"History is always happening" at Little Rock Central High School National Historic Site
9 p.m., Juanita's. $10 adv./$12 d.o.s.
The grit is gone, but Against Me! hasn't gotten any less defiant. Long the standard-bearers for quick-strummed punk-folk, the Gainesville four-piece built their reputation on socially conscious barroom anthems and political rave-ups. In 2005, they signed to Sire and thereafter headlined the Warped Tour and recorded with super-producer Butch Vig (Garbage, Nirvana). Through the storm of cred questioning, the band last year put out one of 2007's most critically acclaimed albums. “New Wave” trades the punk and folk of old for tuneful rock, some of which you can even dance to. Breathe deep, old fans. This isn't a bad thing. The band hasn't left its ethos at the door. Lead singer/songwriter Tom Gabel is as considered and self-aware as ever, singing largely about the politics of making music. A rare chance to see Against Me! in a club setting, Thursday's show is the only club date outside of the arena tour the band is on with the Foo Fighters for the first four months of the year. Two of Arkansas's finest acts, alt-country-leaning singer/songwriter Cory Branan and barroom rockers Smoke Up Johnny, open.
9 p.m., White Water Tavern. $5.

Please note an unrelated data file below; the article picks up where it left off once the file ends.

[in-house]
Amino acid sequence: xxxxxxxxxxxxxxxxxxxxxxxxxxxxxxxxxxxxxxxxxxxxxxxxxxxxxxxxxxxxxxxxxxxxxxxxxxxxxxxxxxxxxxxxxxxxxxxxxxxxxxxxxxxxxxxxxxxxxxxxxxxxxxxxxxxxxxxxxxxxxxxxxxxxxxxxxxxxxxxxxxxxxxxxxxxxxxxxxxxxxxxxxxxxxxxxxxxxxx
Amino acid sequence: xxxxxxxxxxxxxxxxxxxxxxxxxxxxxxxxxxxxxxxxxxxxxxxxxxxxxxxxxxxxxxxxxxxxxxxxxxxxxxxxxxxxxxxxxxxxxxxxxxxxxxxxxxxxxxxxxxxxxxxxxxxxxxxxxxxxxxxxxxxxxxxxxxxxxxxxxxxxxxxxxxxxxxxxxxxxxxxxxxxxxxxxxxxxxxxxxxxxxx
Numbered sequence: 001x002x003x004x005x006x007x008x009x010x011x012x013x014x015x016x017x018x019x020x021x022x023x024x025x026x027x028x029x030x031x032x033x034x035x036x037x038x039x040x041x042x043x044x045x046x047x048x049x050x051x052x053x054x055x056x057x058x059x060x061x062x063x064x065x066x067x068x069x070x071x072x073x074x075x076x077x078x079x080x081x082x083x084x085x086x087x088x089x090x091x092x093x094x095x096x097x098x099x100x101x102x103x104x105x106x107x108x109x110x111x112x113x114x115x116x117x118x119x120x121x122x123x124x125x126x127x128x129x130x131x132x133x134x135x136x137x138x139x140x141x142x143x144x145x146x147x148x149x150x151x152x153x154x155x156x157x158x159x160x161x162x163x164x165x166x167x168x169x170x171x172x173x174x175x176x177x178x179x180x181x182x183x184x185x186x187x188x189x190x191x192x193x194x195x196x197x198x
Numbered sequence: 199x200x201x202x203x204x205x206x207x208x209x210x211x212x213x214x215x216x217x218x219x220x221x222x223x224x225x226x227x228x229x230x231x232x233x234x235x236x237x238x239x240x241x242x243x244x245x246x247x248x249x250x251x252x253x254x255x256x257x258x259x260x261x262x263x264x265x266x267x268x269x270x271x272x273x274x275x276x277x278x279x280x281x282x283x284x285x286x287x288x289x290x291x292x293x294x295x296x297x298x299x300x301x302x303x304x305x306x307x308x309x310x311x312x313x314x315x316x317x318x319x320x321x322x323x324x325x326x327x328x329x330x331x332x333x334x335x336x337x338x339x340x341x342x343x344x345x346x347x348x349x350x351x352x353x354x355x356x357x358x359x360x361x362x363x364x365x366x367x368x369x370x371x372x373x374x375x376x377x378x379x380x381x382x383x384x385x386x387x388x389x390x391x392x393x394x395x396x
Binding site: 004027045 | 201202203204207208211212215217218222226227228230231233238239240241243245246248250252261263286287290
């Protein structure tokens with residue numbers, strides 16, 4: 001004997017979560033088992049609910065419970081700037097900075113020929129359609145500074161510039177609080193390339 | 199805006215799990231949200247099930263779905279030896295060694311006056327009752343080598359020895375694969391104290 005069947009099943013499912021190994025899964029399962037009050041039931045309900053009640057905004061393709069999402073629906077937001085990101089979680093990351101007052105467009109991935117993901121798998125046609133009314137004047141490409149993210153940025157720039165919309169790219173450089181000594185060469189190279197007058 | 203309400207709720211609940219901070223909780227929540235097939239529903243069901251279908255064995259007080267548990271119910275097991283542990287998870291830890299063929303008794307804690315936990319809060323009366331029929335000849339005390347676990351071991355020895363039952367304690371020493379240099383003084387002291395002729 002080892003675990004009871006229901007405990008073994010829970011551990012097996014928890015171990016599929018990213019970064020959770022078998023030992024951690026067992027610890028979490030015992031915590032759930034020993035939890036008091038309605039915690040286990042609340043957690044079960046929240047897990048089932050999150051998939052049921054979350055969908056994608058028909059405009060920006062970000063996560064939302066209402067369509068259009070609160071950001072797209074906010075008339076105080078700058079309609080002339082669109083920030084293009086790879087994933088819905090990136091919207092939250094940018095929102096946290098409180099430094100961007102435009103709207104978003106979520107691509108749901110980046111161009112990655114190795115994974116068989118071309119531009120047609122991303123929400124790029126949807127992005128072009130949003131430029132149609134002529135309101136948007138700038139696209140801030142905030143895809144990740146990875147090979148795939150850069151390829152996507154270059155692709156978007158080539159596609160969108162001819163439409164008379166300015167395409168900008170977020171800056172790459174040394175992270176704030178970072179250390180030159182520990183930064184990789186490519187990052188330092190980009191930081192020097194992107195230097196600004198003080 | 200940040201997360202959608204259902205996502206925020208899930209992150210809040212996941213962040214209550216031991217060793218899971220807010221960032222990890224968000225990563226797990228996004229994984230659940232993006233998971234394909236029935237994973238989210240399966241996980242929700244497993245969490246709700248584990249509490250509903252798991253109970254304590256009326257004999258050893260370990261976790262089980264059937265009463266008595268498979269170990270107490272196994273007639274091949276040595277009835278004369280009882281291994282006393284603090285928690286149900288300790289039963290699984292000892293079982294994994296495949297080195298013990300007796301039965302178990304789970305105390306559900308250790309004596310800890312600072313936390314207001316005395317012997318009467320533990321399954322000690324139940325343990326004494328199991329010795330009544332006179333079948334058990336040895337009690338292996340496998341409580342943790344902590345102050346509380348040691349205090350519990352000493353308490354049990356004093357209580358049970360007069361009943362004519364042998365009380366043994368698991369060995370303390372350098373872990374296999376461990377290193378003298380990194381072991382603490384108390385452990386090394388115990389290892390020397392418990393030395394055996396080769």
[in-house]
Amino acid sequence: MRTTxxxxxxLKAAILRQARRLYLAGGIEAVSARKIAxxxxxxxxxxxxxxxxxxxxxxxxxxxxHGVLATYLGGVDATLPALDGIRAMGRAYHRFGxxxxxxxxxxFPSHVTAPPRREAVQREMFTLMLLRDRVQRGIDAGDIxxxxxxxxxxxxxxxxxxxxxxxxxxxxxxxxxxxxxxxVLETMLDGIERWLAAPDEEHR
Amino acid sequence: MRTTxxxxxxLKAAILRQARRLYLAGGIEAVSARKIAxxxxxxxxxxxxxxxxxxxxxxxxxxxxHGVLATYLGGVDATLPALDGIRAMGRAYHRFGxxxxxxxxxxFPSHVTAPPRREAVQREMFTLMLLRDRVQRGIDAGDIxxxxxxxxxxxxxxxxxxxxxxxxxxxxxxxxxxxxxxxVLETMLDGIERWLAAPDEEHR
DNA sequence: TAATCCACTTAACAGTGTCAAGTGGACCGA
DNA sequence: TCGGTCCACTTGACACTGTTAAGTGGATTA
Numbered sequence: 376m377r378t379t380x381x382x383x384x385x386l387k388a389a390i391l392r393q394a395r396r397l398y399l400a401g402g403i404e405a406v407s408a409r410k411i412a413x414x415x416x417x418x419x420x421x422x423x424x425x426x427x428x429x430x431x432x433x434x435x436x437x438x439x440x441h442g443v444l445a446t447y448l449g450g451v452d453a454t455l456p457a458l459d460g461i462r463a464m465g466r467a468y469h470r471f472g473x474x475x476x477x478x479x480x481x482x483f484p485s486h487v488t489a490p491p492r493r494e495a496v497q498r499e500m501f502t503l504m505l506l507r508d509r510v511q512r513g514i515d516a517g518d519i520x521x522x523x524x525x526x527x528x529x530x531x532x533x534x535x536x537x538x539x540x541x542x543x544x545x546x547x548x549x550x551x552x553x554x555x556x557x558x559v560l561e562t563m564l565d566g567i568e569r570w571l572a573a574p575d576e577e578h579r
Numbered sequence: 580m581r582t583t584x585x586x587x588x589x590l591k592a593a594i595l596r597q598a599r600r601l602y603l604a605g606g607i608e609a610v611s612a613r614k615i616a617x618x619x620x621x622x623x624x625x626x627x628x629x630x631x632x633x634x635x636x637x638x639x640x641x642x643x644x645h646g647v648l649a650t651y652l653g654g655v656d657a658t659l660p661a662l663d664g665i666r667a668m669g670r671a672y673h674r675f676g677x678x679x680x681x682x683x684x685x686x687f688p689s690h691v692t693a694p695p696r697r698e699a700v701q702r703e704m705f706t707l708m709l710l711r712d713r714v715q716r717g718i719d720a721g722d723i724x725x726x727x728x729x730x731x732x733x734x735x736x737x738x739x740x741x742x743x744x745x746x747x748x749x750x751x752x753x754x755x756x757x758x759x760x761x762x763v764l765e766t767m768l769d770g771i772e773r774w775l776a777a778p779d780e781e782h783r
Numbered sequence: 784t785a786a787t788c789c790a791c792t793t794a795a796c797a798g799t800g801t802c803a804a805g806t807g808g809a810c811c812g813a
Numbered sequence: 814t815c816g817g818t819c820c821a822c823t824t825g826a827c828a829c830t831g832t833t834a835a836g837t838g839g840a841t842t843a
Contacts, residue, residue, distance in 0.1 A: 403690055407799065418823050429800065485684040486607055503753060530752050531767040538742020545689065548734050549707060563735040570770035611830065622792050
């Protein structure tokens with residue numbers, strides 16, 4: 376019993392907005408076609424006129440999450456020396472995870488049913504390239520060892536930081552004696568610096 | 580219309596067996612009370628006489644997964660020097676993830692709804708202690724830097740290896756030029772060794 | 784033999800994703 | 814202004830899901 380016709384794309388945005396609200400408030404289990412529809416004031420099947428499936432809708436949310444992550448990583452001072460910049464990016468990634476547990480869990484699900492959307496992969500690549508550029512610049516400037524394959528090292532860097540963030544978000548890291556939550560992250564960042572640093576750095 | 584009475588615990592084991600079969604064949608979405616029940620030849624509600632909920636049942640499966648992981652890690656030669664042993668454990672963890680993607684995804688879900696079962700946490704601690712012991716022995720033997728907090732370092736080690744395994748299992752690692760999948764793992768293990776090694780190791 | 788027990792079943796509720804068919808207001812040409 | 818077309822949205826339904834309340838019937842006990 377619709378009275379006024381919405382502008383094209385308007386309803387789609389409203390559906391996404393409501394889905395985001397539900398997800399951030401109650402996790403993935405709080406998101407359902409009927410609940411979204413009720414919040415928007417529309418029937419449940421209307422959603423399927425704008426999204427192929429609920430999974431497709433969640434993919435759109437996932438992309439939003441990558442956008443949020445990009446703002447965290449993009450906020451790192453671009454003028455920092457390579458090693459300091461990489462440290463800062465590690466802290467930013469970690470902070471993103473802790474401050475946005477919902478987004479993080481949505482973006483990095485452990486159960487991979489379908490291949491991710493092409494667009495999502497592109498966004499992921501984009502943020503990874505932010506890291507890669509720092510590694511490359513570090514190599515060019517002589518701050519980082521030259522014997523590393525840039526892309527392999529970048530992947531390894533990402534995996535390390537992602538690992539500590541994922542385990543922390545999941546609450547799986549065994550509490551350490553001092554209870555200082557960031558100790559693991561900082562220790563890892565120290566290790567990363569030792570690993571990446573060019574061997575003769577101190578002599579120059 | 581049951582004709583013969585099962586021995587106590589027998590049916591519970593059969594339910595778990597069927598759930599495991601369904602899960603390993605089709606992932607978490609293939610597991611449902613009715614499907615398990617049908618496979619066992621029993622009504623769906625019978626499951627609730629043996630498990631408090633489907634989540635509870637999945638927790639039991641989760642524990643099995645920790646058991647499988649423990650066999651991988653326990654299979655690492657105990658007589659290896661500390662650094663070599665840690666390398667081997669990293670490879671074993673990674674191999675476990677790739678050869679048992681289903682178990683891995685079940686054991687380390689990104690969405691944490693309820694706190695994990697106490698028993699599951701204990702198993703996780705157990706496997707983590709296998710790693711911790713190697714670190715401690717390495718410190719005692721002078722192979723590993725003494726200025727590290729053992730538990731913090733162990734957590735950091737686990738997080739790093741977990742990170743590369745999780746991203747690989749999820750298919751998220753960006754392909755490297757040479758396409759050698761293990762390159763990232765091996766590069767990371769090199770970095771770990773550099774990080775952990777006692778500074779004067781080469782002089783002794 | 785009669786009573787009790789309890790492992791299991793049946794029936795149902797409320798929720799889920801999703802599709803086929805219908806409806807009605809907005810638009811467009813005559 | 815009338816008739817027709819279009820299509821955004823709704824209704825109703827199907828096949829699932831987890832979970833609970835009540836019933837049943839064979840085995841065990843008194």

One of Little Rock's finest singer/songwriters takes a solo turn on Thursday. As the lead singer of Big Silver and the Easys, Alexander starts with a solid base of the Beatles and builds — a hearty dose of the Band in the former, the likes of Elvis Costello and Jellyfish in the latter. While Beatlesque melodies are pretty much a given, who knows what Alexander's latest solo foray will yield? Last year, the singer/songwriter traveled to Nashville a half dozen or so times to record a solo record. I hear tell that Max may put it out in thick vinyl in the not-too-distant future. Keep your fingers crossed. In the meantime, from the demos on his MySpace page (myspace.com/isaacalexander), it sounds like he's using this album to experiment — different pacing, more vocal acrobatics. It sounds good. A side project of members of the Global Test, Flat Top Tony and the Purple Canoes, opens. It sounds like the Global Test gone gonzo. The shadow of Andrew W.K. looms large, as does, if the band's “influences” section on its MySpace page is to be trusted, Molten Lava, Alexander's college band. Maybe we'll get some covers.
CHRISTOPHER DENNY AND THE OLD SOLES
9 p.m., White Water Tavern. $5.
There is, officially, nothing new to say about Chris Denny. He's been writ up in these pages and elsewhere locally probably a hundred times. So since it's all been said, I'm going to be redundant for the new folks and casual entertainment readers. First and foremost, the 23-year-old has a preternaturally strong voice. I've called it a high warble before. Others bandy about Jimmie Dale Gilmore and a young Roy Orbison. Over the last several years, he's released two albums of old-school folk rock, the latter of which came out on a national indie, which led to a face-to-face with Rick Rubin, a glowing review from Pitchfork and a profile on NPR. Lately, the newly married crooner has been a ghost around town. Whether he's been flirting with the precipice of what stardom there is for old-school folk-rockers with high warbles or seeing the country with his new bride, it's always a big to-do when he returns. On Friday and Saturday, Denny and his backing band, the Old Soles, hold down White Water's stage.
Congratulations Tara, beautifully written!